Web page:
Medicare now provides medical insurance to 50 million elderly Americans and Medicaid does the same for another 51 million low-income or disabled Americans.

Perhaps someone should ask Republican Congressmen Bill Cassidy of Baton Rouge (6th District and a candidate for U.S. Senate against incumbent Mary Landrieu) and John Fleming of Minden (4th District), and Charles Boustany, Jr. (3rd District) each of whom is a physician and each of whom opposes Obamacare, what percentage of their income as practicing physicians walked in the door as Medicare or Medicaid patients?

Then check with Jindal to see how that squares with his opposition to the welfare state and such socialistic practices.

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Editor’s note:

The following is a guest column offered by Baton Rouge teacher Fred Aldrich who, along with thousands of others, listened Monday as Superintendent of State Police Mike Edmonson appeared on the Jim Engster Show to defend the amendment tacked onto an unrelated bill on the final day of the legislative session which will give Edmonson an additional $55,000 (not $30,000 as first reported—we’ll explain at the end of Aldrich’s guest column) upon his retirement—a nice bonus unique to Edmonson and one other state trooper.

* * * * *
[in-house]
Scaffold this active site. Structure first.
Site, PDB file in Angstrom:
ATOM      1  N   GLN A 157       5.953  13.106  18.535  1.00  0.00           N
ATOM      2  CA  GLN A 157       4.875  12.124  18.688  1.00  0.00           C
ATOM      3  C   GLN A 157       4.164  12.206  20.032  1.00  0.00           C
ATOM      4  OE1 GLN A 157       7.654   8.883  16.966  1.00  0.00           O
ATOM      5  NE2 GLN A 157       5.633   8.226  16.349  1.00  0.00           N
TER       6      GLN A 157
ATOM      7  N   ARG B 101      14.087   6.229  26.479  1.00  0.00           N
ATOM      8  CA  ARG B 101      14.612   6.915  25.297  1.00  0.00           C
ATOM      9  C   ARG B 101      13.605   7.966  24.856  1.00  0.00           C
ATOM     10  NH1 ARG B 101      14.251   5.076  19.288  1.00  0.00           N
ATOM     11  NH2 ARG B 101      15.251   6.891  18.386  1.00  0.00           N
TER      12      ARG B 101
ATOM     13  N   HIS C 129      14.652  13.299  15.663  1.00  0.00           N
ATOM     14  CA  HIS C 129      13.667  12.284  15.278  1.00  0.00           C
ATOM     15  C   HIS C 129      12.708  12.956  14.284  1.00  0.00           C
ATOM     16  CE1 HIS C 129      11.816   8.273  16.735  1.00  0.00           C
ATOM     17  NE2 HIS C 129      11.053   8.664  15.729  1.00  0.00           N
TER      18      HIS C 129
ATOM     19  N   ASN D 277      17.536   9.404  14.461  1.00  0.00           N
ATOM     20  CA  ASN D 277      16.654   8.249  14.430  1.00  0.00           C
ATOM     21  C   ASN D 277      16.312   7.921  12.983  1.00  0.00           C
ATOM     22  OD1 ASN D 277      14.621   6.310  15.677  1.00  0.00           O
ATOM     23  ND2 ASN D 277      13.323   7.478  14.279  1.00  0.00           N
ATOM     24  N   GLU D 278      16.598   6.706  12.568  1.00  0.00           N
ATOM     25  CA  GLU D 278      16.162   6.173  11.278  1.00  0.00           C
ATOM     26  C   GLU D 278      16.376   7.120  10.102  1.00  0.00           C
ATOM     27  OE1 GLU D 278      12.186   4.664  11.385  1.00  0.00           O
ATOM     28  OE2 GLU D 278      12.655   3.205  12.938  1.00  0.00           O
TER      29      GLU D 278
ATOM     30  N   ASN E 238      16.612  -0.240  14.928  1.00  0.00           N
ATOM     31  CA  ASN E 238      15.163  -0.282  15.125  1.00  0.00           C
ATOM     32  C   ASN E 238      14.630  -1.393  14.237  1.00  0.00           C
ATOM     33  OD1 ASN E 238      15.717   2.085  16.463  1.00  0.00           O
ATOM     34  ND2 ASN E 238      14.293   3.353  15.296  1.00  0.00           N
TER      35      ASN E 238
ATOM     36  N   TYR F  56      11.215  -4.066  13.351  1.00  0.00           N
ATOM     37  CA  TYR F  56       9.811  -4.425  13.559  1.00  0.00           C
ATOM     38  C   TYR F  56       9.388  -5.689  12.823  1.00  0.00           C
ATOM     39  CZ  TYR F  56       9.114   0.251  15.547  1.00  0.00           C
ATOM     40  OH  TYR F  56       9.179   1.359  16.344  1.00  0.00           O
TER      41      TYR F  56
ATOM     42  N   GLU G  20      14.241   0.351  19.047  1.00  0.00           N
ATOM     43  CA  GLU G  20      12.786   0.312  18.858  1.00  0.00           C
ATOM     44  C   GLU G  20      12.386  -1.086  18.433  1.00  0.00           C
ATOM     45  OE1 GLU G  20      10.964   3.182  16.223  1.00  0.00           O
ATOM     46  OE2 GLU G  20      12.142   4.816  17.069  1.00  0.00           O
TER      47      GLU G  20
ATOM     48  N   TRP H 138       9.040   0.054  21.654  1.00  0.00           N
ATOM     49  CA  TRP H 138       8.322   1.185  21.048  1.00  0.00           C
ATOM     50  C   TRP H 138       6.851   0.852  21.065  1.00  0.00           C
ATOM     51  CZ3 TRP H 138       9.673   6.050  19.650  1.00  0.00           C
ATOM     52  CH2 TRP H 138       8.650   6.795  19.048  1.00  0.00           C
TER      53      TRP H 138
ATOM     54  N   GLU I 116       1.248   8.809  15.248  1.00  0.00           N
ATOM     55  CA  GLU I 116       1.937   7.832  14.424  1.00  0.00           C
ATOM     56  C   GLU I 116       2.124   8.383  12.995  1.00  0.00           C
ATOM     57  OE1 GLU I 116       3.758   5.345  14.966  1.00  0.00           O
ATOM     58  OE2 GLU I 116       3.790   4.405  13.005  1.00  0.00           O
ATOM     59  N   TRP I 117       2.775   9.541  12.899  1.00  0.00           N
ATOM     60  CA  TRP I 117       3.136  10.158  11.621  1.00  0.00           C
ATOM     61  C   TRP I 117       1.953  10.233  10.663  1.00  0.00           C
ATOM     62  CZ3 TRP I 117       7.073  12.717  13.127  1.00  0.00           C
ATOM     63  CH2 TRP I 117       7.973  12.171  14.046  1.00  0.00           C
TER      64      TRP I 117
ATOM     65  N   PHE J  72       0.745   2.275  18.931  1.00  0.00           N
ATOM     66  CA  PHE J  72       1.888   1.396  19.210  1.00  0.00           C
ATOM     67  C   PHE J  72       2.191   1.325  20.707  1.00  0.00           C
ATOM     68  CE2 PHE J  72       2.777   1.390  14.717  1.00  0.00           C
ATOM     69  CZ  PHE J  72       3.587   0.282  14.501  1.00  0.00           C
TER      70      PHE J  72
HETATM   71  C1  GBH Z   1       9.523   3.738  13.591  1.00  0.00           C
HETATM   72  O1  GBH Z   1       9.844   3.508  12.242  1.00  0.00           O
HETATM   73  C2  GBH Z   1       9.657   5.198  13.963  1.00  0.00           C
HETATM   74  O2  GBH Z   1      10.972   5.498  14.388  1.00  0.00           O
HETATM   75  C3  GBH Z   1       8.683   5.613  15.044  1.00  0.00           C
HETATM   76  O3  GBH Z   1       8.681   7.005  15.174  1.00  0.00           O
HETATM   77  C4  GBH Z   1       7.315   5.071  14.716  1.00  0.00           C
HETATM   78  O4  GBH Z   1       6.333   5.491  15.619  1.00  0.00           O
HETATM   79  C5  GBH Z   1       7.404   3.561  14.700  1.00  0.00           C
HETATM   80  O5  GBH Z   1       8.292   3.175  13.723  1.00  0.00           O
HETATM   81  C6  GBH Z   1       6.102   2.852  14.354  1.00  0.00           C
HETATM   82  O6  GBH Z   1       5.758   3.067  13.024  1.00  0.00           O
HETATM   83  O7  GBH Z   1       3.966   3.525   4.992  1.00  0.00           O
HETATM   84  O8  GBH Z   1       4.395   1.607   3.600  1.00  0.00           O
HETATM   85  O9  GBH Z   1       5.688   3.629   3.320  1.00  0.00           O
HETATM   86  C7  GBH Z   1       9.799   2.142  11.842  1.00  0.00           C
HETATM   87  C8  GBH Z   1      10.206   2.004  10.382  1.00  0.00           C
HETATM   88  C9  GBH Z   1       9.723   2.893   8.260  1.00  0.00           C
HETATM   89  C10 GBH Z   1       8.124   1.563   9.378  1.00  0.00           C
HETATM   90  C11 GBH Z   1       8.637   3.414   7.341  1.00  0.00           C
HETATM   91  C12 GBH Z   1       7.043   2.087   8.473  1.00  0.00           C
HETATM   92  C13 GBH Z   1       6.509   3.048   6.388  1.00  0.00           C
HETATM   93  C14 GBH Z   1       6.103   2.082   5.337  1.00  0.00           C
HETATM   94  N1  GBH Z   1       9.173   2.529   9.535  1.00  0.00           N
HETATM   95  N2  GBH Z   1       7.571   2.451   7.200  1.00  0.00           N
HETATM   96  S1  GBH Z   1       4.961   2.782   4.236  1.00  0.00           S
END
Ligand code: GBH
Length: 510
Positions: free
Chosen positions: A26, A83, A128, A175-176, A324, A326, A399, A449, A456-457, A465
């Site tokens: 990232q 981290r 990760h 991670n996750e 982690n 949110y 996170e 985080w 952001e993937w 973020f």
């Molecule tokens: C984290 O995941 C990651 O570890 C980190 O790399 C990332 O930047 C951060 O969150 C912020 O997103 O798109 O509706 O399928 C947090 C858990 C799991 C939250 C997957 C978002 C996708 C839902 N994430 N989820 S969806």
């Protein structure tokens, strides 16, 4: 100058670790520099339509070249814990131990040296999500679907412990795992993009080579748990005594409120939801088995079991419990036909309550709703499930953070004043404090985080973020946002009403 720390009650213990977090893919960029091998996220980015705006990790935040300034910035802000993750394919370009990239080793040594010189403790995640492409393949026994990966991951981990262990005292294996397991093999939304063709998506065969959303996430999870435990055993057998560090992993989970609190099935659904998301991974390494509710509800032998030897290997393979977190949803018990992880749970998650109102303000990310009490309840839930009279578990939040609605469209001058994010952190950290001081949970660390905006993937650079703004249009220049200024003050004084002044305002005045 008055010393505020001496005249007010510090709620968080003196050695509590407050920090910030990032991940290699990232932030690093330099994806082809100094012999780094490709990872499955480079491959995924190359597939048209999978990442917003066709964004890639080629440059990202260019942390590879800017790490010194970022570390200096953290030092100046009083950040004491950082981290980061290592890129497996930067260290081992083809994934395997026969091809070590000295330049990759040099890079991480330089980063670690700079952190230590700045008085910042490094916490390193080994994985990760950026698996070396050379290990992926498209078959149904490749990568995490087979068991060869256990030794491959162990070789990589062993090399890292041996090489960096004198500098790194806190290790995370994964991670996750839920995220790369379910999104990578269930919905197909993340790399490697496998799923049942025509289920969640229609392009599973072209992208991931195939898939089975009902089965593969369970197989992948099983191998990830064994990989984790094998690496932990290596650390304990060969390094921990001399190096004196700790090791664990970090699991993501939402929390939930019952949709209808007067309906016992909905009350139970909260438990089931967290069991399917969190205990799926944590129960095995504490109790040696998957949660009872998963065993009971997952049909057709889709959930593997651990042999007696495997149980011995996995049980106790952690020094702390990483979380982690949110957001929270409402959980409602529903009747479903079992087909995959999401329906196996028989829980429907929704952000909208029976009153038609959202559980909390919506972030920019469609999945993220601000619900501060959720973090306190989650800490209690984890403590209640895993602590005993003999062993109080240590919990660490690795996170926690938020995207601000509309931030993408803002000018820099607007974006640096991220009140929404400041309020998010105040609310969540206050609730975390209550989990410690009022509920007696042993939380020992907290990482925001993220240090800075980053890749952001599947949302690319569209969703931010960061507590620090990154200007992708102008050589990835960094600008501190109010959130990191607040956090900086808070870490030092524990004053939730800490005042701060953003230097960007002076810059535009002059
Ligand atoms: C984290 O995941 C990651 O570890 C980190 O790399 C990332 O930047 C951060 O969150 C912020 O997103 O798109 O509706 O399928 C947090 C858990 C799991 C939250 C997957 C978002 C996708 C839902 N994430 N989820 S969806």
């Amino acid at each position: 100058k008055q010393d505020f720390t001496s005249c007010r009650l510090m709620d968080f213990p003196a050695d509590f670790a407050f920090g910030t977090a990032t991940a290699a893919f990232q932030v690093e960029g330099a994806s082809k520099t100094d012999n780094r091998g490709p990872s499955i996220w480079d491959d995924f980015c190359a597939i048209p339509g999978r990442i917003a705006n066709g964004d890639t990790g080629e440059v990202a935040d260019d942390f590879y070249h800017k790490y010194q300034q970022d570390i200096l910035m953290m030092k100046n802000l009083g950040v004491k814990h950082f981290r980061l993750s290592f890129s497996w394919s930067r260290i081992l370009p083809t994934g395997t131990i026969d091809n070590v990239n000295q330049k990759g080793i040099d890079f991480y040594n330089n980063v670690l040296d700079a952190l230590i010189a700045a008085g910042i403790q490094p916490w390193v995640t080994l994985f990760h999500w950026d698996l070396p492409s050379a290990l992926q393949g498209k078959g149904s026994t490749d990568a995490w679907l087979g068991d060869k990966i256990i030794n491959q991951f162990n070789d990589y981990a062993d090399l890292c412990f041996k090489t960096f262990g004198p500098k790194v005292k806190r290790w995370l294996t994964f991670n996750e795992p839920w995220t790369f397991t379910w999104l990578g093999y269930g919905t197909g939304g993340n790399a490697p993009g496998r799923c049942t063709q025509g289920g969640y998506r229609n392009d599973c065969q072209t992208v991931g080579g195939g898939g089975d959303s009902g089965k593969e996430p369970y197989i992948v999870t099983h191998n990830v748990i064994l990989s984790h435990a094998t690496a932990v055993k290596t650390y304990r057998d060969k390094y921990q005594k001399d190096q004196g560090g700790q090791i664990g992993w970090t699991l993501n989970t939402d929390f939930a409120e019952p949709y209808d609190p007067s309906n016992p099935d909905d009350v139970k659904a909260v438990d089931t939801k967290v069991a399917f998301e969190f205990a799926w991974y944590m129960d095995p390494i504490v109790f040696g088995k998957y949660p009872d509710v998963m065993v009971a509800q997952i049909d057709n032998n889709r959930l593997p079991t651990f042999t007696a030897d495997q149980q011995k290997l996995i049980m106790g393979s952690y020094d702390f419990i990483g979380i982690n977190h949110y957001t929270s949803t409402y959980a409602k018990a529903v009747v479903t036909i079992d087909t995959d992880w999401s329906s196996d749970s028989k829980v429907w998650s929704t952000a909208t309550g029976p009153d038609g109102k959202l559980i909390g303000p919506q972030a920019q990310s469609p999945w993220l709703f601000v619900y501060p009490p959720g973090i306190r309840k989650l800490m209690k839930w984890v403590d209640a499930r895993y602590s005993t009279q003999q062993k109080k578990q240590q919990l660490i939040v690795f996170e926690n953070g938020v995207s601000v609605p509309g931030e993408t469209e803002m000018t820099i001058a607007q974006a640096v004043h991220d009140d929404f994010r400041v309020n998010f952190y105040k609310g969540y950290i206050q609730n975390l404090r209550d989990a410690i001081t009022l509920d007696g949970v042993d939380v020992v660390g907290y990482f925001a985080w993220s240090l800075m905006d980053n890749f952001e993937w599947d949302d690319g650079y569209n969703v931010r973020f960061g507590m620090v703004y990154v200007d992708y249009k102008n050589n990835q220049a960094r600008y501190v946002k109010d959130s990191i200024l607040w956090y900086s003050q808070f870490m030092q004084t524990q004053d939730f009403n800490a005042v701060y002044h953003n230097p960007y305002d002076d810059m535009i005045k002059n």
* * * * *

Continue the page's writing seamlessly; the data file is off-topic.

I am a long-time listener to NPR station WRKF, and I listen to the Jim Engster show whenever possible. I don’t always agree with Jim or his guests, but I usually don’t find my disagreements worthy of a response. Today was an exception.

The comments of Jim’s guests are not the opinions of Jim or WRKF, but unfortunately those comments may be spin and/or misinformation which listeners will take as truth.

State Police Superintendent Mike Edmonson was on the show this morning. I have great respect for the state police, and I have considered Edmonson one of the good guys in the Jindal administration. This morning’s interview, however, was problematical for me in several ways.